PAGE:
What, exactly, are you objecting to? If you aren't going to listen to what you are being told to do, and aren't going to do what you are being advised to do, then you have put this on yourself. So, if you want me to treat you like a really good Mathematics student that is fully capable of doing partial differential equations then you have to actually be that student. You did okay in that other thread: I admit that I was impressed; you haven't shown any of that in this thread.

So, do you need help doing that integral or not? I'm willing to help, but you have to show me what you did, not W|A.

-Dan

I responded to your line where you took the differential, not the derivative. You left the dx off. It was a silly mistake made by someone going too fast and I would treat any other student in the same way.
I didn't left the [imath]\displaystyle dx[/imath]. It is a standard way to write [imath]\displaystyle du = \left(\sqrt{s} + \frac{a}{2x^2}\right) \ dx \ \ [/imath] as [imath] \ \ \displaystyle du = \sqrt{s} + \frac{a}{2x^2} \ dx[/imath] in solving such problems. If you paid more attention, you wouldn't need to think the [imath]\displaystyle dx[/imath] was missing in the first term.

Many Calculus books' authors as well as my teacher said that it is OK to write the differentials or the integrals with multiple terms without brackets. In the first case, it is understandable the differential element on the left is for all the terms on the left while the differential element on the right is for all the terms on the right. In integral case, it will look like this

[imath]\displaystyle \int_{1}^{2} x + \cos x \ dx = \int_{1}^{2} (x + \cos x) \ dx[/imath]

Now, after seeing your confusion, I would disagree with these authors and my teacher and I am going to advise to write brackets whenever you have more terms.

But you did ask about that part. You didn't know where the "factoring" took place and why it worked. I showed you what you needed to do to do the integration. You complete the square and the rest follows. It's a standard method that you should be well-acquainted with at your "level." If you did the work, you would see that and you wouldn't need to use W|A.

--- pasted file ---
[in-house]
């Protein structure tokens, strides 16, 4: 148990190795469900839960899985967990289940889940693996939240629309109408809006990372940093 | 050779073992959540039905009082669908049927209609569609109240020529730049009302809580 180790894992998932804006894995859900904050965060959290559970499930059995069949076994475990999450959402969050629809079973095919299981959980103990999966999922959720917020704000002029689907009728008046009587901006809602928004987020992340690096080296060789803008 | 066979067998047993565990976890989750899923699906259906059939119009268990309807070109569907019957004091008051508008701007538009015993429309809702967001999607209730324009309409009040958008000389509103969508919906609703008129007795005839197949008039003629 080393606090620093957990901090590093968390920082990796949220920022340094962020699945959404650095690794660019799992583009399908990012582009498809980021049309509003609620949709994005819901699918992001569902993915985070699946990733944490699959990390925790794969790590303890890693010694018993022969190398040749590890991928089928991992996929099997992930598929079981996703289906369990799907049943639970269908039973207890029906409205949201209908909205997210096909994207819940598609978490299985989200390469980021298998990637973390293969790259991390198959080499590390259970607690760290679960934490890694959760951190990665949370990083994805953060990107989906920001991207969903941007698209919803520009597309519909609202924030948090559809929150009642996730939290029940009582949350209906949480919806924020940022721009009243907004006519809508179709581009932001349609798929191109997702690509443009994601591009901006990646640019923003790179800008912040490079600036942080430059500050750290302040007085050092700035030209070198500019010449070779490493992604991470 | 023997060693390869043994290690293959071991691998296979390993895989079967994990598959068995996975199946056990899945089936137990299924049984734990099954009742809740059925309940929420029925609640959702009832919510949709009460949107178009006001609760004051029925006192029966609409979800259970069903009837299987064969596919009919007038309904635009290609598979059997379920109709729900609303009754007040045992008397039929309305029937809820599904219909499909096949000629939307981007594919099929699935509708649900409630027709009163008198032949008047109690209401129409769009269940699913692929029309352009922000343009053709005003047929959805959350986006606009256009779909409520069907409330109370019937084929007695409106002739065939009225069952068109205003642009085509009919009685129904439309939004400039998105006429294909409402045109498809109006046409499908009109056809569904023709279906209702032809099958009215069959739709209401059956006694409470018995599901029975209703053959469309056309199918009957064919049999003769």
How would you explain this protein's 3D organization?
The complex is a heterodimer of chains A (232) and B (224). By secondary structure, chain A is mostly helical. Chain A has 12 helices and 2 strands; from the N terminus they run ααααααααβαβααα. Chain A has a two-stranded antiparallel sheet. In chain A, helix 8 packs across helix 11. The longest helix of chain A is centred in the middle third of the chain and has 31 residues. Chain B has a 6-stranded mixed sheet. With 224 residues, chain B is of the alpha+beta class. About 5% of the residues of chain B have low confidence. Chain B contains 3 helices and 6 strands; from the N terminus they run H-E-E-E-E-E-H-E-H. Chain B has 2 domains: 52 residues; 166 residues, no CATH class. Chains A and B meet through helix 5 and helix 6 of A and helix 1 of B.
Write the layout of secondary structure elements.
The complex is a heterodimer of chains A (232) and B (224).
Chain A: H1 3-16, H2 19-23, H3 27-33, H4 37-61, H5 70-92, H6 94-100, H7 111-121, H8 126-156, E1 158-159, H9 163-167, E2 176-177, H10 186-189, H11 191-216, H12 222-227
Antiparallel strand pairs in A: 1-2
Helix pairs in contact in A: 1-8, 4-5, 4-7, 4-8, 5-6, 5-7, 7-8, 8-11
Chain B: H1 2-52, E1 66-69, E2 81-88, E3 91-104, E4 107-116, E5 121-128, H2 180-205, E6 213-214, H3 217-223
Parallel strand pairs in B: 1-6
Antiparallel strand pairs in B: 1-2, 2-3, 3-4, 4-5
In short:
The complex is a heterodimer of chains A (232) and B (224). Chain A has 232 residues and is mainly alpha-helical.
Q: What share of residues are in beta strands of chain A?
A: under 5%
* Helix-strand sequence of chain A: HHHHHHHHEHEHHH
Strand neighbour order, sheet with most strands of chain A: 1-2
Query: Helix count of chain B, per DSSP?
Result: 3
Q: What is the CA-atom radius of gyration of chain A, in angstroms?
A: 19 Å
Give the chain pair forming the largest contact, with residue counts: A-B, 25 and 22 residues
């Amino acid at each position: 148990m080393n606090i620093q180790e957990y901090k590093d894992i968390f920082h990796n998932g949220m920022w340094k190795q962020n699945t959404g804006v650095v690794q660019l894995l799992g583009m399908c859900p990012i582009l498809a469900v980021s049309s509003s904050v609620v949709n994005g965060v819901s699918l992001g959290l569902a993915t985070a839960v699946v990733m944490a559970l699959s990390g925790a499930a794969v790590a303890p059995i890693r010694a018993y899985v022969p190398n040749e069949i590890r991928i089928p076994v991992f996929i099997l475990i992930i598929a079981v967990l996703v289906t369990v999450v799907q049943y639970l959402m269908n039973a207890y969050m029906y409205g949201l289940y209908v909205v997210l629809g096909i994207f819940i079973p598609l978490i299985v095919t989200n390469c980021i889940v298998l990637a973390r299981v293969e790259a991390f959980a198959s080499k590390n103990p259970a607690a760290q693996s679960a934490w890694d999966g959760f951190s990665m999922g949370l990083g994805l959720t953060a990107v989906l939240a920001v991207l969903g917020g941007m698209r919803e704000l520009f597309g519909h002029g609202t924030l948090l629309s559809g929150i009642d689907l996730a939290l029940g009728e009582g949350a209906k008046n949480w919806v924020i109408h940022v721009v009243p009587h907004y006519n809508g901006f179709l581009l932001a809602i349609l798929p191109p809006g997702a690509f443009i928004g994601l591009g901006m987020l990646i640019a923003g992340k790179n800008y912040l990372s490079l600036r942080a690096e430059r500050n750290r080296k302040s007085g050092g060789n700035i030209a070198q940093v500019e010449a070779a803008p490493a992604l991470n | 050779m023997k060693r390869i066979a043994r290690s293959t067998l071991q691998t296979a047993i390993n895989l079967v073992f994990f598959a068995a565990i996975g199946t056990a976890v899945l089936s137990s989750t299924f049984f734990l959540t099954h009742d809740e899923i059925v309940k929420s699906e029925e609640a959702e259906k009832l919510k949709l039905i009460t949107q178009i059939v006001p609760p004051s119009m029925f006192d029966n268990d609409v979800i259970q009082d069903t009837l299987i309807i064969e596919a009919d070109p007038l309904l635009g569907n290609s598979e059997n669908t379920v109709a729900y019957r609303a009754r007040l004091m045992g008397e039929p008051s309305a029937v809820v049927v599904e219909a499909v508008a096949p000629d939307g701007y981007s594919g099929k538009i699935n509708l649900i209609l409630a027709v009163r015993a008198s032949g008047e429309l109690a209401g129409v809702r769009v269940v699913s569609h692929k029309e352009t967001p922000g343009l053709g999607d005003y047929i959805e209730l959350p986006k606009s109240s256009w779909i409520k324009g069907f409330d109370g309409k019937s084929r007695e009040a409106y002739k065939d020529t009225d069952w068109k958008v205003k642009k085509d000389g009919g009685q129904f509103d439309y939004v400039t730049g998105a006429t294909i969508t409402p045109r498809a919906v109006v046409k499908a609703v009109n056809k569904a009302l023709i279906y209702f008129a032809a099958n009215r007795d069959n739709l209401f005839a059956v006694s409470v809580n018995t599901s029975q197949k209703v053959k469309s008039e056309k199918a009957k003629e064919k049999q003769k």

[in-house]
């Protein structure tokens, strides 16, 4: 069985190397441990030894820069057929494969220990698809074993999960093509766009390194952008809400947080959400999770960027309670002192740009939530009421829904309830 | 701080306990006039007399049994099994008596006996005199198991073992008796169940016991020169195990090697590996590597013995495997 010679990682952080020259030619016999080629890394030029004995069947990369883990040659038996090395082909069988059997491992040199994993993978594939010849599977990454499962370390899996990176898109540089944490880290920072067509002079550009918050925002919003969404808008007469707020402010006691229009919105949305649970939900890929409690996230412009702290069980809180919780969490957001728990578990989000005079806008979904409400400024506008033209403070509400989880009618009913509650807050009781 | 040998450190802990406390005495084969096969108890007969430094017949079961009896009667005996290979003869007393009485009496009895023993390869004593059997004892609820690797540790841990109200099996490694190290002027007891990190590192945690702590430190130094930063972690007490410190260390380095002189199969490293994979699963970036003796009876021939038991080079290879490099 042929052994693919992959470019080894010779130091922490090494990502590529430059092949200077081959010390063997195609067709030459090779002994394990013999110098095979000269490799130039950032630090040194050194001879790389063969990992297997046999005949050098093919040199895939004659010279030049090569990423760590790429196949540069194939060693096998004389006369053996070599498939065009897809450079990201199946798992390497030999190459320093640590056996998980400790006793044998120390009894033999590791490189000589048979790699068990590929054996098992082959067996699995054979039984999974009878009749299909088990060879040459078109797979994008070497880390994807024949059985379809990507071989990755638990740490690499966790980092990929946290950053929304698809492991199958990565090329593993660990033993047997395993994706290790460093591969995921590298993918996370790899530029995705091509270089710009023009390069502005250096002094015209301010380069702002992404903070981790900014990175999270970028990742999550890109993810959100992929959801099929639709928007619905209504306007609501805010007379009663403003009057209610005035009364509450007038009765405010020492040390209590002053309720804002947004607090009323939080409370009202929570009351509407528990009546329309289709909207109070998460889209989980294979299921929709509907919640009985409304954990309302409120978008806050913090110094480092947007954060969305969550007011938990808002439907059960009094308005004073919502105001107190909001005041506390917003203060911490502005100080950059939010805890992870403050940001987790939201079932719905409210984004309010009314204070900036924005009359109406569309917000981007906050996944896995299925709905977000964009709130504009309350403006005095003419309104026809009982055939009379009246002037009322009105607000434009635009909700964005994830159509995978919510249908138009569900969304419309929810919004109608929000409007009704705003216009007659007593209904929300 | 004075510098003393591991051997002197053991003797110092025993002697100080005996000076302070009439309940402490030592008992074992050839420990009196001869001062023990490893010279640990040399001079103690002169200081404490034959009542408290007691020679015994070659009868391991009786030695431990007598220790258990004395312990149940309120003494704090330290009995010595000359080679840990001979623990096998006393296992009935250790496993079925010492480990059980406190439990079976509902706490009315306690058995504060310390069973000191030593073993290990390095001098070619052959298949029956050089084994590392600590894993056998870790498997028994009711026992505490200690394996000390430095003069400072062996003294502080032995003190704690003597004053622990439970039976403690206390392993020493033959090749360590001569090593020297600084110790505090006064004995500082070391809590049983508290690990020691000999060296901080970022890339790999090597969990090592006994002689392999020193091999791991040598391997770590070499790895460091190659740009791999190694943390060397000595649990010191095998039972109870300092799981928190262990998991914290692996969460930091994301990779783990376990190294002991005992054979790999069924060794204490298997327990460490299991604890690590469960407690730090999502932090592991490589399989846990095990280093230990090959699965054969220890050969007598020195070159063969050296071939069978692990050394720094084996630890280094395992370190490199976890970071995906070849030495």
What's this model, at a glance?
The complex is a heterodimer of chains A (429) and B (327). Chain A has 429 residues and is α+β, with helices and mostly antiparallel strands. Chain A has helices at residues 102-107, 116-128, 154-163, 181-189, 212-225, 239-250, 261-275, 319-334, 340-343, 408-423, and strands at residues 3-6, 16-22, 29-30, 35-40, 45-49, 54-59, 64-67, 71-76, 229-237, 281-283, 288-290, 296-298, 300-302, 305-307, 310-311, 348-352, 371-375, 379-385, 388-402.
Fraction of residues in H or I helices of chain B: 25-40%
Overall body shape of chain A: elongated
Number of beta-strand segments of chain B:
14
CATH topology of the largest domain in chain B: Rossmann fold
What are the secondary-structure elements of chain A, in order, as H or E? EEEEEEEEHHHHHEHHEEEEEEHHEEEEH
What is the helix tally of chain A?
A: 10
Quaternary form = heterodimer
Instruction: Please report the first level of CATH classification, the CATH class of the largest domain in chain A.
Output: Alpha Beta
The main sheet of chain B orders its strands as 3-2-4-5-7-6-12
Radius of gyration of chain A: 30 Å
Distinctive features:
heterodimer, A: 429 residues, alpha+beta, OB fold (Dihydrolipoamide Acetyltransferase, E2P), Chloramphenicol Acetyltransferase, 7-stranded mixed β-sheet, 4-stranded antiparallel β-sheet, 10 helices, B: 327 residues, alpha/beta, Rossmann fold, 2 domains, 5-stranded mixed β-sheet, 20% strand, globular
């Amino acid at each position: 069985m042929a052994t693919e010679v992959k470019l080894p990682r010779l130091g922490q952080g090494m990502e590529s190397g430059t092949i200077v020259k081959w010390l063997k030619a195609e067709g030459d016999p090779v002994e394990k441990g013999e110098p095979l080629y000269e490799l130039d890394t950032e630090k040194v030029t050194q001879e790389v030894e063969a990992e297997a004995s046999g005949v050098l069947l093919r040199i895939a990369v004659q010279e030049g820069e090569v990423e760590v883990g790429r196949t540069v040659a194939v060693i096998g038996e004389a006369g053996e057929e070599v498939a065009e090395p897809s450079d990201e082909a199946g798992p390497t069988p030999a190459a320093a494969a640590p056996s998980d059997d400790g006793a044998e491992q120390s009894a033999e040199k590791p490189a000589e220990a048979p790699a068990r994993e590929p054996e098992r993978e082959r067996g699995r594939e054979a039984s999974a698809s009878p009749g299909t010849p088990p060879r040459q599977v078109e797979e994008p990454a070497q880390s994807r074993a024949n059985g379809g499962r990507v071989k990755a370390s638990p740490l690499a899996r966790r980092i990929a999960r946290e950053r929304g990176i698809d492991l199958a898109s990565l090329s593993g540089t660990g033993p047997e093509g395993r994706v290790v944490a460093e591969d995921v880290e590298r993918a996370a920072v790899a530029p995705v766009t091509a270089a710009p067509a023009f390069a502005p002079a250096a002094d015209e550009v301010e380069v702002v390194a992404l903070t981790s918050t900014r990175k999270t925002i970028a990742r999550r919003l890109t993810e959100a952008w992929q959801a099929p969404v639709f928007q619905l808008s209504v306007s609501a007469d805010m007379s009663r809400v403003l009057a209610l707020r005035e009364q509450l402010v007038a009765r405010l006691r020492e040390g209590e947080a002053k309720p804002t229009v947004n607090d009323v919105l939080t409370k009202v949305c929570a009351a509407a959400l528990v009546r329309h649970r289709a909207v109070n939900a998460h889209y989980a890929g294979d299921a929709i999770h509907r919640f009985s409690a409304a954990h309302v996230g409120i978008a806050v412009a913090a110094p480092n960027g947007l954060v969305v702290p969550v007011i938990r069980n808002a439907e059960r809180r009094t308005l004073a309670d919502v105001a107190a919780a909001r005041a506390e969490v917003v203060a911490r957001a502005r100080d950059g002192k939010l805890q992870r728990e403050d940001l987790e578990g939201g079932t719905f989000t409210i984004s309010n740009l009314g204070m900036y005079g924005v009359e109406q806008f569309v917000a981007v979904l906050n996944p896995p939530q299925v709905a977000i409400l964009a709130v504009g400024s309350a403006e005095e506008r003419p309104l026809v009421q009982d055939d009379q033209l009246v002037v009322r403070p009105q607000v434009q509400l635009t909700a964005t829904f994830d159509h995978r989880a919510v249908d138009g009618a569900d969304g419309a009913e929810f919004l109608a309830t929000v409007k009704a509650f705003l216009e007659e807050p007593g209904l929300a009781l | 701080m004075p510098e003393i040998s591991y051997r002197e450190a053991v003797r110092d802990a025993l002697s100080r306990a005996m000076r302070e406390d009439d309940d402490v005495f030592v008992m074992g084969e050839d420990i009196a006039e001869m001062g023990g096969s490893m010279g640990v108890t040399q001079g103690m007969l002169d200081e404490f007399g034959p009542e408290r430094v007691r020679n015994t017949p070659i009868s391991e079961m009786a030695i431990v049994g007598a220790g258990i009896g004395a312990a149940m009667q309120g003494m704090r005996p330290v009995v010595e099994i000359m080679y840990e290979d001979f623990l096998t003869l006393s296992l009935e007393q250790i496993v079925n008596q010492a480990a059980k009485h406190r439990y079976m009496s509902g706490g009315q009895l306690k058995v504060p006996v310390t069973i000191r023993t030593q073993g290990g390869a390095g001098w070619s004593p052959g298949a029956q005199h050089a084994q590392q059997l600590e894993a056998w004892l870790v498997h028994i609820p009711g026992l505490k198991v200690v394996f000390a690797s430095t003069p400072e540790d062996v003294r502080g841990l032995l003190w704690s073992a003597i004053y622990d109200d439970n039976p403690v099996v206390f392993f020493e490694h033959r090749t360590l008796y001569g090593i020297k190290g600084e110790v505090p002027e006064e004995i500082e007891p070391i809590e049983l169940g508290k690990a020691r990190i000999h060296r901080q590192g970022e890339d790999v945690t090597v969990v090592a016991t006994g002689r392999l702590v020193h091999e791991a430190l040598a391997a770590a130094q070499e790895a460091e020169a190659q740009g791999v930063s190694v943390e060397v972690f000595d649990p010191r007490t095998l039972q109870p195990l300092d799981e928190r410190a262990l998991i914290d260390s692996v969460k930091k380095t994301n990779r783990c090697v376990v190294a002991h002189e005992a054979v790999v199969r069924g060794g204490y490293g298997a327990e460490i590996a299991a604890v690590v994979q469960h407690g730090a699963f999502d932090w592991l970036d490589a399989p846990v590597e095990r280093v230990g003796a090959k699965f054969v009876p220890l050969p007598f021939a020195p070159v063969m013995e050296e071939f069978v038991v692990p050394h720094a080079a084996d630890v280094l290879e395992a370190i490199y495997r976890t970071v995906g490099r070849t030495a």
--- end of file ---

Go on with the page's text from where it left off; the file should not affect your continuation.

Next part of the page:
Now, I understand why you are angry and why you thought I don't know how do completing the square. And I also now understand why you have given me an example to show the method (thank you). You are saying if I know how to do that why I haven't shown it until the hint was given. First, I am used to do completing the square on equations that looks like [imath]\displaystyle ax^2 + bx[/imath] not [imath]\displaystyle ax + \frac{b}{x}[/imath], so I missed that it can be done on the latter as well. Also I was focusing a lot on choosing the correct substitution to get rid of the square root in the denominator. Therefore, I was distracted by these two things. Even experts like you may sometimes get distracted to recognize a simple idea in solving something.

So, do you need help doing that integral or not? I'm willing to help, but you have to show me what you did, not W|A.
Yes.

Are you actually telling me that you don't know how to solve
[imath]\displaystyle u = \sqrt{s}x - \dfrac{a}{2x}[/imath]

for x? Seriously?? What happened to the guy who solved the Airy equation?

If you really need the hint: Multiply both sides by x. What does the equation look like?
I think that you just scanned the problem and didn't actually solve it for [imath]\displaystyle u[/imath], this is why you recommend multiplying both sides by [imath]\displaystyle x[/imath]. I am sorry that I have skipped many steps which I thought that we reached to the level where we can see everything between the gaps. It seems that I have to show you all the steps, so that you can understand why multiplying both sides of the equation by [imath]\displaystyle x[/imath], will not work.

[imath]\displaystyle \frac{2}{\sqrt{\pi}}e^{-a\sqrt{s}}\int_{0}^{\infty}e^{-\left(\sqrt{s}x - \frac{a}{2x}\right)^2} \ dx[/imath]

If we choose

[imath]\displaystyle u = \sqrt{s}x - \frac{a}{2x}[/imath]

[imath]\displaystyle du = \sqrt{s} + \frac{a}{2x^2} \ \ dx[/imath]

[imath]\displaystyle dx = \frac{1}{\sqrt{s} + \frac{a}{2x^2}} \ du[/imath]

[imath]\displaystyle \frac{2}{\sqrt{\pi}}e^{-a\sqrt{s}}\int_{0}^{\infty}e^{-u^2} \ \frac{1}{\sqrt{s} + \frac{a}{2x^2}} \ du[/imath]

Well I still have [imath]\displaystyle x[/imath] inside the integral that I cannot rid of. Now I will take your advise and I will multiply both sides of the equation by [imath]\displaystyle x[/imath]. Let us see what happens.